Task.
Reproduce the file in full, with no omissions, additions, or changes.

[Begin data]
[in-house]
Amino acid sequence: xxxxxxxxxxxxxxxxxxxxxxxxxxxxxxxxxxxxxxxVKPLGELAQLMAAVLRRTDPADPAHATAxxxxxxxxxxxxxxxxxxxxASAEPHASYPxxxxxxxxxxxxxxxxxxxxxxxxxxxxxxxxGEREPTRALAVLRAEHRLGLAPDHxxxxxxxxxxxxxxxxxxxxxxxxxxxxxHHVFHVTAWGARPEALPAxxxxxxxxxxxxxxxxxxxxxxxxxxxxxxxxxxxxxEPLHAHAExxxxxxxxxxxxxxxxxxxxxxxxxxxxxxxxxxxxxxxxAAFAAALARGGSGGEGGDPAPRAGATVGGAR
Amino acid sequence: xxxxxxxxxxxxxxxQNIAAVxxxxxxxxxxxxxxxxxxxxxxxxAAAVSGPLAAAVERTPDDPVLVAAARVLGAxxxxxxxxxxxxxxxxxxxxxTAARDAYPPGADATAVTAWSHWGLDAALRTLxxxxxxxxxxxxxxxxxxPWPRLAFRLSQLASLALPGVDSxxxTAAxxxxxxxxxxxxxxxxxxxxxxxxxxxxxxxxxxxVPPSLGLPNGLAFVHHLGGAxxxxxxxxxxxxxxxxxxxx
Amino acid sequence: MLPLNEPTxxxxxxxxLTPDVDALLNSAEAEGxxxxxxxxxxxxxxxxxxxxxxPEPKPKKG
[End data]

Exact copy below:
[in-house]
Amino acid sequence: xxxxxxxxxxxxxxxxxxxxxxxxxxxxxxxxxxxxxxxVKPLGELAQLMAAVLRRTDPADPAHATAxxxxxxxxxxxxxxxxxxxxASAEPHASYPxxxxxxxxxxxxxxxxxxxxxxxxxxxxxxxxGEREPTRALAVLRAEHRLGLAPDHxxxxxxxxxxxxxxxxxxxxxxxxxxxxxHHVFHVTAWGARPEALPAxxxxxxxxxxxxxxxxxxxxxxxxxxxxxxxxxxxxxEPLHAHAExxxxxxxxxxxxxxxxxxxxxxxxxxxxxxxxxxxxxxxxAAFAAALARGGSGGEGGDPAPRAGATVGGAR
Amino acid sequence: xxxxxxxxxxxxxxxQNIAAVxxxxxxxxxxxxxxxxxxxxxxxxAAAVSGPLAAAVERTPDDPVLVAAARVLGAxxxxxxxxxxxxxxxxxxxxxTAARDAYPPGADATAVTAWSHWGLDAALRTLxxxxxxxxxxxxxxxxxxPWPRLAFRLSQLASLALPGVDSxxxTAAxxxxxxxxxxxxxxxxxxxxxxxxxxxxxxxxxxxVPPSLGLPNGLAFVHHLGGAxxxxxxxxxxxxxxxxxxxx
Amino acid sequence: MLPLNEPTxxxxxxxxLTPDVDALLNSAEAEGxxxxxxxxxxxxxxxxxxxxxxPEPKPKKG